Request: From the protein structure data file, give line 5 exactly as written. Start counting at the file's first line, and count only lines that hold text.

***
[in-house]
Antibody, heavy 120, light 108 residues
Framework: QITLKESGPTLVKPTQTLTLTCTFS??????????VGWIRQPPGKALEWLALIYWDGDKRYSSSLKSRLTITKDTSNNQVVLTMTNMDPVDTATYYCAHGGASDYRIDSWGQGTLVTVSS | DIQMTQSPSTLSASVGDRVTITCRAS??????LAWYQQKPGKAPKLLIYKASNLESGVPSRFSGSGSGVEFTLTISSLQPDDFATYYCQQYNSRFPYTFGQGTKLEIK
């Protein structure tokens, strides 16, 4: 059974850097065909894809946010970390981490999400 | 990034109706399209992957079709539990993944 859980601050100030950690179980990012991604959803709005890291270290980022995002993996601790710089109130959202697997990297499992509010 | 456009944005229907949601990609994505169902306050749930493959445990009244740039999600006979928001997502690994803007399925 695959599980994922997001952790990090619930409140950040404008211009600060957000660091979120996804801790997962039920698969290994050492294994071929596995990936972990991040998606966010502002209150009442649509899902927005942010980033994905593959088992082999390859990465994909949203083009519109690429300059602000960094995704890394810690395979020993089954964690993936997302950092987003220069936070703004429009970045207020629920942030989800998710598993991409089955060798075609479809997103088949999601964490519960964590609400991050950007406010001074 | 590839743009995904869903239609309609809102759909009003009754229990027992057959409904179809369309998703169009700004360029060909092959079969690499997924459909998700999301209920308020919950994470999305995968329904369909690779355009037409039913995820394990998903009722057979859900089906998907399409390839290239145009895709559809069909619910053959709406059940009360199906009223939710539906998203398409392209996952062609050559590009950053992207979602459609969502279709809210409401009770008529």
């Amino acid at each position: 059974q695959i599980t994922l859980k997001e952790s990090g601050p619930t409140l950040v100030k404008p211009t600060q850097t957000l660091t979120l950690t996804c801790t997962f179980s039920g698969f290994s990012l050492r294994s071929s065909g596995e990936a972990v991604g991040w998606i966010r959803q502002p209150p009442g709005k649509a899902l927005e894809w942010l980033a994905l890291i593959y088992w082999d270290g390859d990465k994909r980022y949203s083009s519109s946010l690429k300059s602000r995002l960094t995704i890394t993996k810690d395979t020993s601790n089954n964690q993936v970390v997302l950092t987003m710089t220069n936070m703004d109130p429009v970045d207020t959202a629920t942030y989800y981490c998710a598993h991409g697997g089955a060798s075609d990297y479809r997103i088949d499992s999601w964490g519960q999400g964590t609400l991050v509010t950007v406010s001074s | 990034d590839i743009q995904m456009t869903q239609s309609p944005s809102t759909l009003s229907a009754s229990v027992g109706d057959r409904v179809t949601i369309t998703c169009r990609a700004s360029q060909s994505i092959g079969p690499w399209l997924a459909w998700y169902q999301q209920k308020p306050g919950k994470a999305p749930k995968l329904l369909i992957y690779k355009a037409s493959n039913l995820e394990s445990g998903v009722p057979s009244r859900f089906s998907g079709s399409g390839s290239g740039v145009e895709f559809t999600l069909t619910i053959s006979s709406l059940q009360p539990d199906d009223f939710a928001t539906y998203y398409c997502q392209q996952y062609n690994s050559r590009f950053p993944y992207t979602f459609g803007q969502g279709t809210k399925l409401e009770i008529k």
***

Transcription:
């Amino acid at each position: 059974q695959i599980t994922l859980k997001e952790s990090g601050p619930t409140l950040v100030k404008p211009t600060q850097t957000l660091t979120l950690t996804c801790t997962f179980s039920g698969f290994s990012l050492r294994s071929s065909g596995e990936a972990v991604g991040w998606i966010r959803q502002p209150p009442g709005k649509a899902l927005e894809w942010l980033a994905l890291i593959y088992w082999d270290g390859d990465k994909r980022y949203s083009s519109s946010l690429k300059s602000r995002l960094t995704i890394t993996k810690d395979t020993s601790n089954n964690q993936v970390v997302l950092t987003m710089t220069n936070m703004d109130p429009v970045d207020t959202a629920t942030y989800y981490c998710a598993h991409g697997g089955a060798s075609d990297y479809r997103i088949d499992s999601w964490g519960q999400g964590t609400l991050v509010t950007v406010s001074s | 990034d590839i743009q995904m456009t869903q239609s309609p944005s809102t759909l009003s229907a009754s229990v027992g109706d057959r409904v179809t949601i369309t998703c169009r990609a700004s360029q060909s994505i092959g079969p690499w399209l997924a459909w998700y169902q999301q209920k308020p306050g919950k994470a999305p749930k995968l329904l369909i992957y690779k355009a037409s493959n039913l995820e394990s445990g998903v009722p057979s009244r859900f089906s998907g079709s399409g390839s290239g740039v145009e895709f559809t999600l069909t619910i053959s006979s709406l059940q009360p539990d199906d009223f939710a928001t539906y998203y398409c997502q392209q996952y062609n690994s050559r590009f950053p993944y992207t979602f459609g803007q969502g279709t809210k399925l409401e009770i008529k």